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FX Crises and the Trajectory of Interest Rates

Summary:
In this post, I want to get a sense of foreign exchange crises since 2008. The data that I am using is taken from the World Bank. It is not perfect. It is a bit spotty and could be improved upon. It is also annual data, so it will not pick up intrayear crises. But it is solid enough that it should give us a good first cut on the dynamics of foreign exchange crises. The first question to ask is simple enough: how many foreign exchange crises were experienced in this time period? For our purposes, we will define a foreign exchange crisis as any time a currency fell by 15% or more in a single year. Here are the number of such crises in every year since 2008. The next feature we want to explore is whether these crises were resolved or not. A foreign exchange crisis is – in

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In this post, I want to get a sense of foreign exchange crises since 2008. The data that I am using is taken from the World Bank. It is not perfect. It is a bit spotty and could be improved upon. It is also annual data, so it will not pick up intrayear crises. But it is solid enough that it should give us a good first cut on the dynamics of foreign exchange crises.

The first question to ask is simple enough: how many foreign exchange crises were experienced in this time period? For our purposes, we will define a foreign exchange crisis as any time a currency fell by 15% or more in a single year. Here are the number of such crises in every year since 2008.

FX Crises and the Trajectory of Interest Rates

The next feature we want to explore is whether these crises were resolved or not. A foreign exchange crisis is – in developing countries at least – accompanied by a sharp rise in interest rates. Central banks often do this because the foreign exchange collapse triggers inflation. The policy has the additional benefit – although I would say the primary benefit – of attracting foreign capital to prop up the exchange rate.

In a country that gets its foreign exchange crisis under control, this interest hike should be a temporary phenomenon. After a year or two, the currency should stabilise and inflation should fall. The interest rate can then be lowered to allow domestic economic activity to pick back up at the new equilibrium exchange rate.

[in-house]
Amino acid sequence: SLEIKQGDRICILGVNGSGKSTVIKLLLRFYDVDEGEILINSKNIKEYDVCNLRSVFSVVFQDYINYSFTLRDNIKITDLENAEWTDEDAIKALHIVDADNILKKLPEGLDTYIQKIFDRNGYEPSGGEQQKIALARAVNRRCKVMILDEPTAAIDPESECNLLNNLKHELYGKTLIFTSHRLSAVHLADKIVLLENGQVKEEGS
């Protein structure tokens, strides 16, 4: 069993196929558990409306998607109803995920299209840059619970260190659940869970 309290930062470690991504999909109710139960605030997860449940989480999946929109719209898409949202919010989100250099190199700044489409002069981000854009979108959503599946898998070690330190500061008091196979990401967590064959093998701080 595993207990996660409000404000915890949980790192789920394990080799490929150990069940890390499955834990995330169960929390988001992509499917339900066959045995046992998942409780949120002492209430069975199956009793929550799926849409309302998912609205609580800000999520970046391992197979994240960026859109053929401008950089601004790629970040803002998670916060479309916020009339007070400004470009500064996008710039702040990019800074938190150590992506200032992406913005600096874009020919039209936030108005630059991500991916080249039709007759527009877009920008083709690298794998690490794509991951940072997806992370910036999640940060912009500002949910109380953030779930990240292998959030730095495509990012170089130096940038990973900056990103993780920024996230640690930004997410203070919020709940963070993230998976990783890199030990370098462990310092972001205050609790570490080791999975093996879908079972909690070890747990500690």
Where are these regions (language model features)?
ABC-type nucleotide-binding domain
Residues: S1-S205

To detect this we will take each foreign exchange crisis and see by how much interest rates fell two years after this crisis. So, a strong positive reading indicates that the crisis was resolved and interest rates fell over the next two years. While a strong negative reading indicates that the crisis worsened and the country had to keep raising interest rates to get the currency and inflation under control.

FX Crises and the Trajectory of Interest Rates
FX Crises and the Trajectory of Interest Rates

We can also plot the number of succesful resolutions by year. We define this as any country that saw interest rates decline by 300bps in the subsequent two year period.

FX Crises and the Trajectory of Interest Rates

This is a very different looking chart to the overall number of exchange rate crises. Between 2008 and 2018 there were a total of 125 exchange rate crises using our definitions. In this time period only 22 of them were resolved in a resoundingly successful way.

Philip Pilkington
Phillip Pilkington works in investment and has contributed to numerous online and print media outlets as a freelance economic journalist.

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